|Vanguard International Fixed Interest Index (Hedged) ETF||VIF||Government||Barclays Global Treasury Index hedged into Australian dollars||0.2|
XTB’s are listed exchange traded bond units that was launched in 2015. They are similar to ETFs, in that you don’t actually invest directly in the bond itself, but rather purchase units in a unit trust that holds the bonds on your behalf.
How XTB’s work
Each XTB gives you exposure to a specific corporate bond, issued into the corporate bond market. XTBs are units in a unit trust and each bond is issued as a sub-trust.
Each bond has its own units, so if you want to invest directly in a certain bond or maturity, you can. Unlike ETFs, which are usually an index product over which you have no control, each XTB is specific to a certain bond.
The main advantages of XTBs are that you are able to invest in wholesale bonds in smaller amounts that usually available. That is, as a retail investor, you can access a wholesale bond issuance with a lot less capital. Normally wholesale issuance require hundreds of thousands of dollars to invest. Liquidity is also improved, as the creators of XTBs make a market in the products they have issued.
The primary disadvantage, like many fixed income products listed on the ASX, is cost. You have to pay brokerage on buying and selling. This makes it a little more expensive than investing directly in the bonds and makes short term trading prohibitively expensive in small amounts.
Their list of XTBs available are here https://xtbs.com.au/all-available-xtbs/
There are a wide variety of listed and non-listed managed bond funds. These have become less popular than they were 10 or 15 years ago, as interest rates have come down meaning actively managed funds have become more expensive. For example, who wants to pay 1% on an actively managed bond fund, that is yielding 5%? That’s a large chunk of your returns gone. Sites like Canstar provide a good list https://www.canstar.com.au/managed-funds/ of managed funds.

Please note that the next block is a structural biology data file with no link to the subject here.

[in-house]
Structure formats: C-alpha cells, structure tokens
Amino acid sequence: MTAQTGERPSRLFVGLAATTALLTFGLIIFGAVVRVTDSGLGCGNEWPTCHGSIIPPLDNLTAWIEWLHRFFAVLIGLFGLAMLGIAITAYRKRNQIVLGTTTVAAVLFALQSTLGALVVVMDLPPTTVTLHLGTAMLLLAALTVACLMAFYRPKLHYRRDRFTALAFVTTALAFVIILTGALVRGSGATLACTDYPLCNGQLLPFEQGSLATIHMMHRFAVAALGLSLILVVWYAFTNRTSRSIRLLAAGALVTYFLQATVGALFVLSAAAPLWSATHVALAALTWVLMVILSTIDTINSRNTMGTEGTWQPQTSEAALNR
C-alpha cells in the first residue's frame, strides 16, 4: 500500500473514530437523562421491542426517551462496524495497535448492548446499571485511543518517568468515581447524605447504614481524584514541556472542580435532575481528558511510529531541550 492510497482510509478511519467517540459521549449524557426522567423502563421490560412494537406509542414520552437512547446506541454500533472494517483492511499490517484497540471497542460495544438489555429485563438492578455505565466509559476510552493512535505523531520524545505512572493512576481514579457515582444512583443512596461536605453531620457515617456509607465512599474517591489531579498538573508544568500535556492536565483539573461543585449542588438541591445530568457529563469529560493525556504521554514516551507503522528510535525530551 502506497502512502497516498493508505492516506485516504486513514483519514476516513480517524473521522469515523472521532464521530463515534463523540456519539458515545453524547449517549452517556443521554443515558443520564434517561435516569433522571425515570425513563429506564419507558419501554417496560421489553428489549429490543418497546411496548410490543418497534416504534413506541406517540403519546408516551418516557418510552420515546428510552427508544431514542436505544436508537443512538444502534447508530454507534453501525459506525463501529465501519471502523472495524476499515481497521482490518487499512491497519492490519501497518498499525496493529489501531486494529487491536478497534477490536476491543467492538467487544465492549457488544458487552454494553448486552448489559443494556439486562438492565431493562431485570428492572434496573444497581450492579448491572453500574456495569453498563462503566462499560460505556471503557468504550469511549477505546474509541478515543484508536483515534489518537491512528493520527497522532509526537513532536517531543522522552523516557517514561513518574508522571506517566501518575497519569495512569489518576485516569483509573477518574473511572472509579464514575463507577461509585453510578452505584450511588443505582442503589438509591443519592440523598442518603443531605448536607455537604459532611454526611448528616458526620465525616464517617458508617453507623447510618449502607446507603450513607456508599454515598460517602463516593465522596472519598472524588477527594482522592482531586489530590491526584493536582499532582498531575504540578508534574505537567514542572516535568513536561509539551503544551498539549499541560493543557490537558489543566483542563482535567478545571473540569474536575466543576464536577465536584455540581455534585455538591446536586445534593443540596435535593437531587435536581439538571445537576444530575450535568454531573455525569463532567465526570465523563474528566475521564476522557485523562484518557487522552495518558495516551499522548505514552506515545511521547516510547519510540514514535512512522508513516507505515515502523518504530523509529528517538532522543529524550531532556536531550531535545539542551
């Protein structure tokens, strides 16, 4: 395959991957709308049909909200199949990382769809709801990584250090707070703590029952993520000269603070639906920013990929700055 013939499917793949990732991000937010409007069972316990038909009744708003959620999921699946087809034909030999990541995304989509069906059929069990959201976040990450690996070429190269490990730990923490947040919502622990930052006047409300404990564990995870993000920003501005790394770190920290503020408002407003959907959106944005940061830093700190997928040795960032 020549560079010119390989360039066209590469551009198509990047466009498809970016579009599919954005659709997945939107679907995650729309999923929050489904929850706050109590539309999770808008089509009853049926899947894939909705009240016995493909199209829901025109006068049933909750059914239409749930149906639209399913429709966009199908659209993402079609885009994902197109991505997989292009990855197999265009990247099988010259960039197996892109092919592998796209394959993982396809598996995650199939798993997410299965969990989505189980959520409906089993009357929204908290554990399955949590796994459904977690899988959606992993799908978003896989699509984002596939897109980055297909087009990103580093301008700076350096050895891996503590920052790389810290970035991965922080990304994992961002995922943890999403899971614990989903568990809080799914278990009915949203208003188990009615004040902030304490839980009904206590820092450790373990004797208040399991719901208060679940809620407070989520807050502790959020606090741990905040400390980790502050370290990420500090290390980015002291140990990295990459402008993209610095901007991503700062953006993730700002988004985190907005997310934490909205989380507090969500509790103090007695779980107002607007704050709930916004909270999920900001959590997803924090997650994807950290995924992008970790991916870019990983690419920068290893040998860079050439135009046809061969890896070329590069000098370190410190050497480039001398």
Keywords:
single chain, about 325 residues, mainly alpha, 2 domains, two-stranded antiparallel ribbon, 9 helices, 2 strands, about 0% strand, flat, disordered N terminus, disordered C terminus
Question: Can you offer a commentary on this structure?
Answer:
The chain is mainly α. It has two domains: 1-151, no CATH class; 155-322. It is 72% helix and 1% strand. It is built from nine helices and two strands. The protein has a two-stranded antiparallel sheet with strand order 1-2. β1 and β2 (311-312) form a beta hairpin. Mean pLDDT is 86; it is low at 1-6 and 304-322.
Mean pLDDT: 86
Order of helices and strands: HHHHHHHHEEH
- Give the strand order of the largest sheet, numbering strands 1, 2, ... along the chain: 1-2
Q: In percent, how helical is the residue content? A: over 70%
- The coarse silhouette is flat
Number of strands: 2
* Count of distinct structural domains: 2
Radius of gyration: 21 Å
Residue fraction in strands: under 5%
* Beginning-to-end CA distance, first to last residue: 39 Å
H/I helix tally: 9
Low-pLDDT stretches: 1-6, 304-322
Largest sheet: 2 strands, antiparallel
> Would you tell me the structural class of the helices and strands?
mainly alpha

What are corporate bonds?
Below is a brief summary of corporate bond concepts.
Types of corporate bonds available
There are a range of different categories of corporate bonds available, depending on their risk. In the event of a company going bankrupt, the share holders lose their money first. Then, in order from most risky to least risky.
Basic Bond terminology
- Bond types – The main classifications of bonds are government bonds, semi-government bonds and corporate bonds.
- Maturity dates – the date you get your principal back.
- Coupon – the amount of cash you receive each period.
- Coupon types – bonds are usually classified into fixed or floating rate. Fixed bonds pay the same amount of coupon each period. Floating rate pay an amount over a benchmark, such as BBSW. Therefore they pay a different coupon each period.
- Yield to Maturity – this is the yield you will receive, if you buy the bond today at the price offered and hold the bond to maturity.
- Running yield – is the current yield on the bond. It difference from the yield to maturity, as its calculated as coupon divided by current price, rather than the return you would receive if held to maturity.
- Margin above BBSW – is the amount above the benchmark that the bond is paying. This margin generally stays the same, while the benchmark moves period to period. This is relevant for floating rate bonds.
There are a number of different mechanism in which is invest in corporate bonds in Australia, including ETFs, directly and via funds. Find out more about what is a hybrid securities and their place in your portfolio..